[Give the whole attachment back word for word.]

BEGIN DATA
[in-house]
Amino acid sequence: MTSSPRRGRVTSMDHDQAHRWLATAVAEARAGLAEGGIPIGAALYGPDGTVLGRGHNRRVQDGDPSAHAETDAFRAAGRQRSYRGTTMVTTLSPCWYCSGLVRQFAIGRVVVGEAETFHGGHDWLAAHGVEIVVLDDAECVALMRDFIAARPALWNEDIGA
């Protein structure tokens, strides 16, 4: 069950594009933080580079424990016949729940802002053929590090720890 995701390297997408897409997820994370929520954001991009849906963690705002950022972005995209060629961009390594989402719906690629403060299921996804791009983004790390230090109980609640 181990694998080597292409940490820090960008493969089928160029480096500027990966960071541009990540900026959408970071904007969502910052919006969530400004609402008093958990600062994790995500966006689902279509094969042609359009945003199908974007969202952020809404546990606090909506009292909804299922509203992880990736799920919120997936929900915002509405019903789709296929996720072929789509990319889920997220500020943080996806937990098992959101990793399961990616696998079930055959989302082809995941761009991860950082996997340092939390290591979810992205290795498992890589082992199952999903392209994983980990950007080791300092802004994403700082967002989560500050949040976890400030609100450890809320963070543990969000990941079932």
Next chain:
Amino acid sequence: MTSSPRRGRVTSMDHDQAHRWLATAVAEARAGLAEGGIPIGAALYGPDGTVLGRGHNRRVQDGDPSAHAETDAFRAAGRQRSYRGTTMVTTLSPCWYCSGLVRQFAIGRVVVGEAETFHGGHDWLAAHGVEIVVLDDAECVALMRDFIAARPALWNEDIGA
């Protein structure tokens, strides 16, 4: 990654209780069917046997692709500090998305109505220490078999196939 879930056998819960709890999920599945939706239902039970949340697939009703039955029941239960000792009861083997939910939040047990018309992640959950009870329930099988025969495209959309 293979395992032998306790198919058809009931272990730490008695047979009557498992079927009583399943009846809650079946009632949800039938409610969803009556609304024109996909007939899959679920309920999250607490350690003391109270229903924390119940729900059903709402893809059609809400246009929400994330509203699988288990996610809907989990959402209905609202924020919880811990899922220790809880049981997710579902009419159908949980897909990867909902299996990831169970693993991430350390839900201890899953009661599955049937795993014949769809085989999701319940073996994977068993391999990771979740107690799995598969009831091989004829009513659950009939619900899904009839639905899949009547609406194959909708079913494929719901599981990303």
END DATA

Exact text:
[in-house]
Amino acid sequence: MTSSPRRGRVTSMDHDQAHRWLATAVAEARAGLAEGGIPIGAALYGPDGTVLGRGHNRRVQDGDPSAHAETDAFRAAGRQRSYRGTTMVTTLSPCWYCSGLVRQFAIGRVVVGEAETFHGGHDWLAAHGVEIVVLDDAECVALMRDFIAARPALWNEDIGA
């Protein structure tokens, strides 16, 4: 069950594009933080580079424990016949729940802002053929590090720890 995701390297997408897409997820994370929520954001991009849906963690705002950022972005995209060629961009390594989402719906690629403060299921996804791009983004790390230090109980609640 181990694998080597292409940490820090960008493969089928160029480096500027990966960071541009990540900026959408970071904007969502910052919006969530400004609402008093958990600062994790995500966006689902279509094969042609359009945003199908974007969202952020809404546990606090909506009292909804299922509203992880990736799920919120997936929900915002509405019903789709296929996720072929789509990319889920997220500020943080996806937990098992959101990793399961990616696998079930055959989302082809995941761009991860950082996997340092939390290591979810992205290795498992890589082992199952999903392209994983980990950007080791300092802004994403700082967002989560500050949040976890400030609100450890809320963070543990969000990941079932």
Next chain:
Amino acid sequence: MTSSPRRGRVTSMDHDQAHRWLATAVAEARAGLAEGGIPIGAALYGPDGTVLGRGHNRRVQDGDPSAHAETDAFRAAGRQRSYRGTTMVTTLSPCWYCSGLVRQFAIGRVVVGEAETFHGGHDWLAAHGVEIVVLDDAECVALMRDFIAARPALWNEDIGA
């Protein structure tokens, strides 16, 4: 990654209780069917046997692709500090998305109505220490078999196939 879930056998819960709890999920599945939706239902039970949340697939009703039955029941239960000792009861083997939910939040047990018309992640959950009870329930099988025969495209959309 293979395992032998306790198919058809009931272990730490008695047979009557498992079927009583399943009846809650079946009632949800039938409610969803009556609304024109996909007939899959679920309920999250607490350690003391109270229903924390119940729900059903709402893809059609809400246009929400994330509203699988288990996610809907989990959402209905609202924020919880811990899922220790809880049981997710579902009419159908949980897909990867909902299996990831169970693993991430350390839900201890899953009661599955049937795993014949769809085989999701319940073996994977068993391999990771979740107690799995598969009831091989004829009513659950009939619900899904009839639905899949009547609406194959909708079913494929719901599981990303």